Seldom do I go anywhere without noticing comparisons or otherwise to where I live or places I know. I’ve always had this fascination about how places come to be and how they change or adapt. I suppose it comes from my liking of geography at school which lead me to study land use.
This year’s summer hols were no different. We went to Zakopane in south Poland and spent some time in and around Kraków. I tend to share photos of my travels when I’m out and about, hoping others might find what I share interesting or useful in some way; my way of attempting to make the world a smaller place perhaps.
Zakopane was a fascinating place; Poland’s winter capital at the foot of the Tatra Mountains on the border with Slovakia. I found it interesting in how it is introducing new infrastructure to parts of an old town.
That’s reasonably easy to do on the outskirts of town where new roads can be built wide enough to accommodate lanes of traffic and then segregated for cycling and pedestrians. Not so easy in the old town area.
Cycling is increasingly becoming a way of getting around. It was interesting to see that you could pick bikes up in the park and were encouraged to enter the town on segregated cycleways.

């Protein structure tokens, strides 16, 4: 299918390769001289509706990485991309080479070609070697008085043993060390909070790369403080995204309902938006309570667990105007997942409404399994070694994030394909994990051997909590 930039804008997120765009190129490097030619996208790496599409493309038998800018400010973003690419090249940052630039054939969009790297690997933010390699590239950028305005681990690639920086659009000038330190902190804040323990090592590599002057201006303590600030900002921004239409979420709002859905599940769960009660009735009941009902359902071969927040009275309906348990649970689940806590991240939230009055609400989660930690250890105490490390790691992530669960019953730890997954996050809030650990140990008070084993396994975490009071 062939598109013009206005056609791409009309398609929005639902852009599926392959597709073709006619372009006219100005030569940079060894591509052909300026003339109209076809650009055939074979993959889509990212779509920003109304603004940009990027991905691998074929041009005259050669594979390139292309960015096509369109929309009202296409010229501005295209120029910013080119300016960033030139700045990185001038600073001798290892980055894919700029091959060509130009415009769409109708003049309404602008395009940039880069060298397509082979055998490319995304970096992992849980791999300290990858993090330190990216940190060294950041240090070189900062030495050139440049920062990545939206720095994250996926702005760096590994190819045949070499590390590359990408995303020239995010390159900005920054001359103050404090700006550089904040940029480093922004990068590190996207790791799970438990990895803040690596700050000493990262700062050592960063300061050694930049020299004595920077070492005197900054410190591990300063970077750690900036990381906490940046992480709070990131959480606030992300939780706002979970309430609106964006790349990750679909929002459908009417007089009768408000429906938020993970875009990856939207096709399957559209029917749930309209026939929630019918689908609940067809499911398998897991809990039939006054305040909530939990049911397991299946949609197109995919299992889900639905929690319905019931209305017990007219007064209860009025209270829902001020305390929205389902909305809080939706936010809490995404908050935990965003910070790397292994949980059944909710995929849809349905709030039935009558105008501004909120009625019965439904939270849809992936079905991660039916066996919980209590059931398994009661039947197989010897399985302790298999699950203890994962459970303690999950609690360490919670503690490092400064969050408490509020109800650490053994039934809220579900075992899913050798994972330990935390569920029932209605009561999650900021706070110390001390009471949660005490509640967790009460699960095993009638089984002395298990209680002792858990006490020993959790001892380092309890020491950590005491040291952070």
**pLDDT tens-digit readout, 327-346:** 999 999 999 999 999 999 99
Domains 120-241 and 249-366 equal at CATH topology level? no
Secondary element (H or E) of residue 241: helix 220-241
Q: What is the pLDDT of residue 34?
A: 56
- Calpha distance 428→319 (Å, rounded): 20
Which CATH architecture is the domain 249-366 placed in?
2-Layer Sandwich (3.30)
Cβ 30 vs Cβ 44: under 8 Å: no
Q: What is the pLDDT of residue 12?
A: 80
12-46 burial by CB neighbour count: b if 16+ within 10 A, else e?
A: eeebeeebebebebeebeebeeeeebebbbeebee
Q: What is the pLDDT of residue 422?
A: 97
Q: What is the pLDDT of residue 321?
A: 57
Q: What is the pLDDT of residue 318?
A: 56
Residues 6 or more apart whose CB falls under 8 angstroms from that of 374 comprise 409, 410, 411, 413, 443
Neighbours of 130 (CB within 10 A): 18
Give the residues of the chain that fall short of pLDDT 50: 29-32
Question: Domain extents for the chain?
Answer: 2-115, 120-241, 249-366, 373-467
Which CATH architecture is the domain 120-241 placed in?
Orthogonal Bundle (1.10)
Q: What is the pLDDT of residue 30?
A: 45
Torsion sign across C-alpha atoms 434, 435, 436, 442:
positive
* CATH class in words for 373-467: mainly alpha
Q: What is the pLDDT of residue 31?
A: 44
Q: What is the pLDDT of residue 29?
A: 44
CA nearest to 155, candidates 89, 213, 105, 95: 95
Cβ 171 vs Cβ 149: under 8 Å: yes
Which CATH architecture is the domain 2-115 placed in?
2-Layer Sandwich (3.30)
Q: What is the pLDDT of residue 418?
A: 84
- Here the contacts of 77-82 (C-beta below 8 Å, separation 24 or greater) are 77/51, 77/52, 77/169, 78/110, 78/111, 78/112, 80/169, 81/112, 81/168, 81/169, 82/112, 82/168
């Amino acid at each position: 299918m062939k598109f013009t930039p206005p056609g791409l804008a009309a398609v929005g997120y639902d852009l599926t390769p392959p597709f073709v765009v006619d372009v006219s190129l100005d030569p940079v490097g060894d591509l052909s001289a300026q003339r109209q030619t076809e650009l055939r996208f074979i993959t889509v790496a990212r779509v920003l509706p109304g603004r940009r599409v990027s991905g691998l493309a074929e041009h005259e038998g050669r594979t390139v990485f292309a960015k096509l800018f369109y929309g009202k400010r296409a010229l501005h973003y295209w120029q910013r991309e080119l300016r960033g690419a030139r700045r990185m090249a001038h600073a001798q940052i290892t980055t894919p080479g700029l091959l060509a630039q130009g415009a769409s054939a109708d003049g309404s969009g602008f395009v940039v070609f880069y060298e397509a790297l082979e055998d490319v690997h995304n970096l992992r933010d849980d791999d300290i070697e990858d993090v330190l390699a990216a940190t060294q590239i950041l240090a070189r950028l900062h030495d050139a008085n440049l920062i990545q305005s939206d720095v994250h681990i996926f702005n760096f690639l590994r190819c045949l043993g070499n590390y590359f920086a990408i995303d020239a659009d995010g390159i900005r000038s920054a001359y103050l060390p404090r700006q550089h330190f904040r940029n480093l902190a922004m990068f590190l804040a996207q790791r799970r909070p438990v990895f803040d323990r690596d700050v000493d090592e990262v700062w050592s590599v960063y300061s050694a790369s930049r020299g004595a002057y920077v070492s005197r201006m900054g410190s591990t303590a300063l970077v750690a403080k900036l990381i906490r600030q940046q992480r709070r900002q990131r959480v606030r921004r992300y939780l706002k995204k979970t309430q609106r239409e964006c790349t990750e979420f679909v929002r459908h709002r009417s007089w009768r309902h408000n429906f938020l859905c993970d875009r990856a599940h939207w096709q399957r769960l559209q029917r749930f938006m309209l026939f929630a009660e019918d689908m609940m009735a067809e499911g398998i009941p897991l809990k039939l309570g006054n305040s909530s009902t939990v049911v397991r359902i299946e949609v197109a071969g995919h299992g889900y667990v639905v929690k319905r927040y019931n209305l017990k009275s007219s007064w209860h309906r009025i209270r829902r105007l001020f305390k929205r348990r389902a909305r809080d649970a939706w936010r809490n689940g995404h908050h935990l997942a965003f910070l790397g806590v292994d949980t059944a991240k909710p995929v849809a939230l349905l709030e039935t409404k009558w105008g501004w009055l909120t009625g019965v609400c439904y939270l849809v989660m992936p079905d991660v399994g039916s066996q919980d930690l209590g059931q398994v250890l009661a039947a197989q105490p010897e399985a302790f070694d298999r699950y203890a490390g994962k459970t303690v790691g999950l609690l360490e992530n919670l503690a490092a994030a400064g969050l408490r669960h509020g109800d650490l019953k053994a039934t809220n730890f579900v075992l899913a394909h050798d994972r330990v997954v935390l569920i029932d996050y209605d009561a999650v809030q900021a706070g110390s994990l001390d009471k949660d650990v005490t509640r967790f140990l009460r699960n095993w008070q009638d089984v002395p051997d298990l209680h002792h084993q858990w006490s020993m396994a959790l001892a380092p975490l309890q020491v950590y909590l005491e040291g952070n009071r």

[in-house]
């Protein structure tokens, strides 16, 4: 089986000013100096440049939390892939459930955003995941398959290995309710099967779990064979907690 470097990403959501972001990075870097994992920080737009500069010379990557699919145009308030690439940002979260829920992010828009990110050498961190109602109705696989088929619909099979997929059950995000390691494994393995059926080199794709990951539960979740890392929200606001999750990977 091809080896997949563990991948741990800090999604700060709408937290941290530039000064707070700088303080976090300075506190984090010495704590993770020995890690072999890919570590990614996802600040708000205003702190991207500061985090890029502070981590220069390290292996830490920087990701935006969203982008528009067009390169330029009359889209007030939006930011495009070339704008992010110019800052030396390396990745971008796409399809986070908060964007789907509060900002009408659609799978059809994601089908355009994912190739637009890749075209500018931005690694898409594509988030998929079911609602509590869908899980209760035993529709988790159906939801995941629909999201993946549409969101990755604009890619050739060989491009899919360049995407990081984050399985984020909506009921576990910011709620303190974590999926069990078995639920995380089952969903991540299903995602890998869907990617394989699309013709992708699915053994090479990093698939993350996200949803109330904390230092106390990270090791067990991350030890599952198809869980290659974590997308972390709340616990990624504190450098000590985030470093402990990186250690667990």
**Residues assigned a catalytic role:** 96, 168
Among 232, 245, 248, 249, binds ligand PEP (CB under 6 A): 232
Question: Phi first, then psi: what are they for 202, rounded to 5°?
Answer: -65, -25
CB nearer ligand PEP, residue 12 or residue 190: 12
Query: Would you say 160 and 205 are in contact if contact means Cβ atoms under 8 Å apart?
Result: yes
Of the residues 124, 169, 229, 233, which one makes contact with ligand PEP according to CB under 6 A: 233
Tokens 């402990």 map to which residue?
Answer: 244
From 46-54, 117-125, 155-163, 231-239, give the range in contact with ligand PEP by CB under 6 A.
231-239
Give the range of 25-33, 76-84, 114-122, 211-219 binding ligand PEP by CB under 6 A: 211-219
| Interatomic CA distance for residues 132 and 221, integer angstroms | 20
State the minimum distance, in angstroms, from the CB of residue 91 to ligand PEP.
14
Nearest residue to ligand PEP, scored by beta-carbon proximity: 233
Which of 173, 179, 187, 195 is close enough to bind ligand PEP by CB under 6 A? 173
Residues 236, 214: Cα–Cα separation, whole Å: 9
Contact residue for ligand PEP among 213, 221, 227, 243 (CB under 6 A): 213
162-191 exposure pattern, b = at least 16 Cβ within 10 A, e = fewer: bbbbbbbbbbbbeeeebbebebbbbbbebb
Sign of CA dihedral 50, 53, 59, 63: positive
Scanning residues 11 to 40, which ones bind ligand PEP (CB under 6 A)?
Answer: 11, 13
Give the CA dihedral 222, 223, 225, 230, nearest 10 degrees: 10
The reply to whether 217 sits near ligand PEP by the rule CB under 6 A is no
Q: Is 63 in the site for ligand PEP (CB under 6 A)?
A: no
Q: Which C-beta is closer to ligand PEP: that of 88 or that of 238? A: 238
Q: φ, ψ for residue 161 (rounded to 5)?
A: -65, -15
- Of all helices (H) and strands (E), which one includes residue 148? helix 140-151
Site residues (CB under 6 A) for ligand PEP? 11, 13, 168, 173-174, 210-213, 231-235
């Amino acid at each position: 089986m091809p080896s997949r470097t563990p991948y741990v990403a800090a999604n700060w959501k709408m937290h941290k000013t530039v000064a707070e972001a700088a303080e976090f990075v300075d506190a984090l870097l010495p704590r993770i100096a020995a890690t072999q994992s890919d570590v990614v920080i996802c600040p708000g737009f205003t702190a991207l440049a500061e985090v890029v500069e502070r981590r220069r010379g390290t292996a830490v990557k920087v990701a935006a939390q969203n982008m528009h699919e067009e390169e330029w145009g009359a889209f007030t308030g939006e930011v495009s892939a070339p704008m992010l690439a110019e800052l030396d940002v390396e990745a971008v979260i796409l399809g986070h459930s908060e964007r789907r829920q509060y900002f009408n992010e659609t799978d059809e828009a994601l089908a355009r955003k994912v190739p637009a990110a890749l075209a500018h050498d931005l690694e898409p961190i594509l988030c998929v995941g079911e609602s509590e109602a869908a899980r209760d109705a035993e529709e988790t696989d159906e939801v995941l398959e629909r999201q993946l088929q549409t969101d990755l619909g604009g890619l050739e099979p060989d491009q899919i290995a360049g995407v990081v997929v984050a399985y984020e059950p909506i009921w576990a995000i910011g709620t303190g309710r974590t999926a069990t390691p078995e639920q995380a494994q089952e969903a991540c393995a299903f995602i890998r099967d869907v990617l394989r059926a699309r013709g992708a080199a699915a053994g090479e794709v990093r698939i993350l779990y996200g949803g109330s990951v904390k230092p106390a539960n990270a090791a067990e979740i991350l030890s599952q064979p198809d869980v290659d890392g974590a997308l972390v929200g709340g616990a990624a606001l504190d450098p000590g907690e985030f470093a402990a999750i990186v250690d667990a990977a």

Zakopane was a great place and whilst Kraków was picturesque ……
and there’s loads to do for the typical tourist, my eldest son and I wanted to explore off the beaten track.
We’d heard about a place not far from Kraków called Nowa Huta, meaning New Steel Mill. Soviet Union funded, it’s one of only two entirely pre-planned socialist realist cities ever built and apparently one of the finest examples of deliberate social engineering. It ticked the boxes for me from land use/urban planning perspective and as my son is studying Russian, and interested in history, we spent a whole 8 Zlotys (80p each) on a 30 minute tram ride and went back in time.
Nowa Huta was created in 1949 on land taken by the communist government. The idea was to introduce a new working class to balance out ‘conservative, reactionary Kraków’. The main focus was a giant steelworks, after which the town takes its name. The Vladimir Lenin Steelworks opened in 1954; a present from the Soviet Union. The reasons were mostly ideological as coal had to be transported from miles away and iron ore from the Soviet Union. Local demand for steel was relatively non existent.